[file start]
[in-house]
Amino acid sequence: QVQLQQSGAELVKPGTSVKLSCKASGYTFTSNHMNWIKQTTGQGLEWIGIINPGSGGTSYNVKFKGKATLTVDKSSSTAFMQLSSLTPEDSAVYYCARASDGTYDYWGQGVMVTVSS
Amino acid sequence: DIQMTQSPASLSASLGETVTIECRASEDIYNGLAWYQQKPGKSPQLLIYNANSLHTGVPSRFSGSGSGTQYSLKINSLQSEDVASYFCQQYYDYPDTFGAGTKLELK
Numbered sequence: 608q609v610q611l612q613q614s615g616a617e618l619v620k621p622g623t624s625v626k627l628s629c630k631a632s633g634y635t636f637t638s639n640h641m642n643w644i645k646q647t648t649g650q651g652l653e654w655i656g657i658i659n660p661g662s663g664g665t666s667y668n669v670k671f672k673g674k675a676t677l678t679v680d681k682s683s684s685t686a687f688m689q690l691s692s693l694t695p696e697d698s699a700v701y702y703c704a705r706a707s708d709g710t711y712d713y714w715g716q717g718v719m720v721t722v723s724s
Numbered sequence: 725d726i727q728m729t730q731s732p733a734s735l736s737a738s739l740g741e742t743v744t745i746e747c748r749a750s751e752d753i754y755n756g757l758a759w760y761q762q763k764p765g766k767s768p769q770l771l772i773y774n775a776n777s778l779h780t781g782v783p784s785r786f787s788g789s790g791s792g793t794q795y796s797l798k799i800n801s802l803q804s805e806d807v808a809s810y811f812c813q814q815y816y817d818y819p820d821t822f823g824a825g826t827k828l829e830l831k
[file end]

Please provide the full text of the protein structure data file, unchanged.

[in-house]
Amino acid sequence: QVQLQQSGAELVKPGTSVKLSCKASGYTFTSNHMNWIKQTTGQGLEWIGIINPGSGGTSYNVKFKGKATLTVDKSSSTAFMQLSSLTPEDSAVYYCARASDGTYDYWGQGVMVTVSS
Amino acid sequence: DIQMTQSPASLSASLGETVTIECRASEDIYNGLAWYQQKPGKSPQLLIYNANSLHTGVPSRFSGSGSGTQYSLKINSLQSEDVASYFCQQYYDYPDTFGAGTKLELK
Numbered sequence: 608q609v610q611l612q613q614s615g616a617e618l619v620k621p622g623t624s625v626k627l628s629c630k631a632s633g634y635t636f637t638s639n640h641m642n643w644i645k646q647t648t649g650q651g652l653e654w655i656g657i658i659n660p661g662s663g664g665t666s667y668n669v670k671f672k673g674k675a676t677l678t679v680d681k682s683s684s685t686a687f688m689q690l691s692s693l694t695p696e697d698s699a700v701y702y703c704a705r706a707s708d709g710t711y712d713y714w715g716q717g718v719m720v721t722v723s724s
Numbered sequence: 725d726i727q728m729t730q731s732p733a734s735l736s737a738s739l740g741e742t743v744t745i746e747c748r749a750s751e752d753i754y755n756g757l758a759w760y761q762q763k764p765g766k767s768p769q770l771l772i773y774n775a776n777s778l779h780t781g782v783p784s785r786f787s788g789s790g791s792g793t794q795y796s797l798k799i800n801s802l803q804s805e806d807v808a809s810y811f812c813q814q815y816y817d818y819p820d821t822f823g824a825g826t827k828l829e830l831k